March 2009

The Gospel text for the Fifth Sunday of Lent (Sunday March 29) is John 12:20-36.
What strikes me as I marinate in this story is the dualing images of Jesus as Messiah that were obviously in dialogue with each other both during the time of Jesus historical life (30CE), and during the time of the community of John’s writing (90CE). Is Jesus the one who dies on the cross, or is Jesus the one who lives triumphant forever?

Of course, this debate is framed by John with the inquiry from the Greeks in 12:21, “We want to see Jesus.” Jesus response is almost a little sassy: “You want to see me? I’ll show you who I really am!” Jesus, it turns out, is the one who must die in order for their to be life.

I have to note here that both John and Jesus are within mainstream Judaism here, presenting again the ancient hope that the nations will stream to Zion in the day of the Lord (though in this case it is Jesus of course, and not the community). (See Isaiah 2, 56, 60 & Matthew 2:1-12) for the image of the nations streaming). John presents the nations coming to see Jesus, and Jesus in 12:32 presents all people coming to him because of the cross.
The idea of people actually being intrigued enough by Jesus (and the church???) is what guides the majority of my questions this week.

• Do we agree that there are still ‘Greeks’ looking for Jesus in Houston today? If so, what are we doing to be like Phil/Andrew and bring them to Jesus?

What are the Greeks looking for? And why will the nations stream to Jesus like he says they will in 12:32?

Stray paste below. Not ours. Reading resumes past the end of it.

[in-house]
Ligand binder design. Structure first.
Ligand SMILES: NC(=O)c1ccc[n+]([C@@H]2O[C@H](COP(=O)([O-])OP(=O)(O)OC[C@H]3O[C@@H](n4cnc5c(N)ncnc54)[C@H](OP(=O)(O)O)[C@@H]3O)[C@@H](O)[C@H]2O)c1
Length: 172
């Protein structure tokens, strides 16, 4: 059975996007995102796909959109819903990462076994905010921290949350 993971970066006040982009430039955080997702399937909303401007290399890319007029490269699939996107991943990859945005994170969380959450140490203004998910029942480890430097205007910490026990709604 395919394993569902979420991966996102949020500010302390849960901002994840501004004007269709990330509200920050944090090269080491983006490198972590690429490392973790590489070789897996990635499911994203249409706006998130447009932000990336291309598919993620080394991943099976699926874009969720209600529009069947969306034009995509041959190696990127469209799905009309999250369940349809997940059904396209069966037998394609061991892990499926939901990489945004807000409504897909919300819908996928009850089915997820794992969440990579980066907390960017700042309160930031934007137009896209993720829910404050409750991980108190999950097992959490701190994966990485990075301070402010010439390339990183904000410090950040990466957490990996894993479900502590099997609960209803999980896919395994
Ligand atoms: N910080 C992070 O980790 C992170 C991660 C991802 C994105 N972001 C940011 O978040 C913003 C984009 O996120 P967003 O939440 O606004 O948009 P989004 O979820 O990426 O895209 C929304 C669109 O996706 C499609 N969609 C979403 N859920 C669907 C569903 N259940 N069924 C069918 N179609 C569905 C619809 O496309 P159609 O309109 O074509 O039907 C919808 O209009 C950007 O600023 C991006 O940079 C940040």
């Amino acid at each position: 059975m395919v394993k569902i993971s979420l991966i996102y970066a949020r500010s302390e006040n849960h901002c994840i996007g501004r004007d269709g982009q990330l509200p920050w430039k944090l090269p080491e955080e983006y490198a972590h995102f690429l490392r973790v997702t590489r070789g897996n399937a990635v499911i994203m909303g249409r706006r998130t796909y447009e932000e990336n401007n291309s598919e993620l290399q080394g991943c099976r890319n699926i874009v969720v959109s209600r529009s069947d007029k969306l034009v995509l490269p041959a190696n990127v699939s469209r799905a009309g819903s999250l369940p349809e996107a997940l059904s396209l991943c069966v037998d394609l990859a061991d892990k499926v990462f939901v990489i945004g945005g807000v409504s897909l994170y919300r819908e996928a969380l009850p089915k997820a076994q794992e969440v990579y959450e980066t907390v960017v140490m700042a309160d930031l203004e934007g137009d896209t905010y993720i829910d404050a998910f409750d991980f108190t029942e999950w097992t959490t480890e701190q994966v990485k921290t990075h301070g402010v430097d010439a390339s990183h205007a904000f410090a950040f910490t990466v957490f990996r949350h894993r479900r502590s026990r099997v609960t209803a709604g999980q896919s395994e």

• Is our church (corporately and as individuals) a place where ‘Gentiles’ can come and see Jesus? What is the Jesus we present to them? Do we present the suffering savior like Jesus suggests in vss 24, 25, and 32? Or do we, like the crowds in vs 34, only present a popular Jesus with a gold crown who makes us happy in return?

• What cultures, traditions, practices must die at Houston Mennonite before we can ‘bear much fruit’? Greg Boyd says we must die to our cultural baggage as Menno’s and embrace the treasure of our own tradition (Jesus-centered, peacemaking, service, community, kingdom-shaped). Otherwise, we will become a “geriatric society” and our churches “museums.” In essence, Mennonites should embrace their theological distinctives, which are really the core teachings of the gospel for everyone, and let go of their cultural baggage in order to survive. What cultural baggage do we need to let die?

• The last thing Jesus says in John before he dies is, “It is accomplished/completed.” What do you think he was referring to? How do verses 31-32 answer that question? Do they give us a clue to help us know why people will stream to Jesus?

• What worship and devotional practices will form us to be the type of people who “hate their life in this world”?

Both of our texts for this week (John 3:14-21 and Ephesians 2:1-10) can be summarizd in similar ways.

Ephesians looks like this:
Grace/Gift= new creation = good works as way of life.

John 3 looks like this:
Grace/Gift = salvation/eternal life = deeds done in God.

And both of those look remarkably like our church vision statement: Being transformed by God to Transform the World.

So, my question this week is, Is our vision statement an accurate reflection of reality, or of our wishes and hopes? Are we being transformed? And if so, how? In what ways?

Our two passages both suggest it is a gift from God. So does that mean that we as humans have no say in our own transformation? What role do we play in our ongoing transformation?

I can’t speak for you, but I can speak for myself, and let this be my testimony. But I feel like I am being transformed in the present, that the tectonic plates of my soul are shifting inside me. I see this too in the life of our congregation.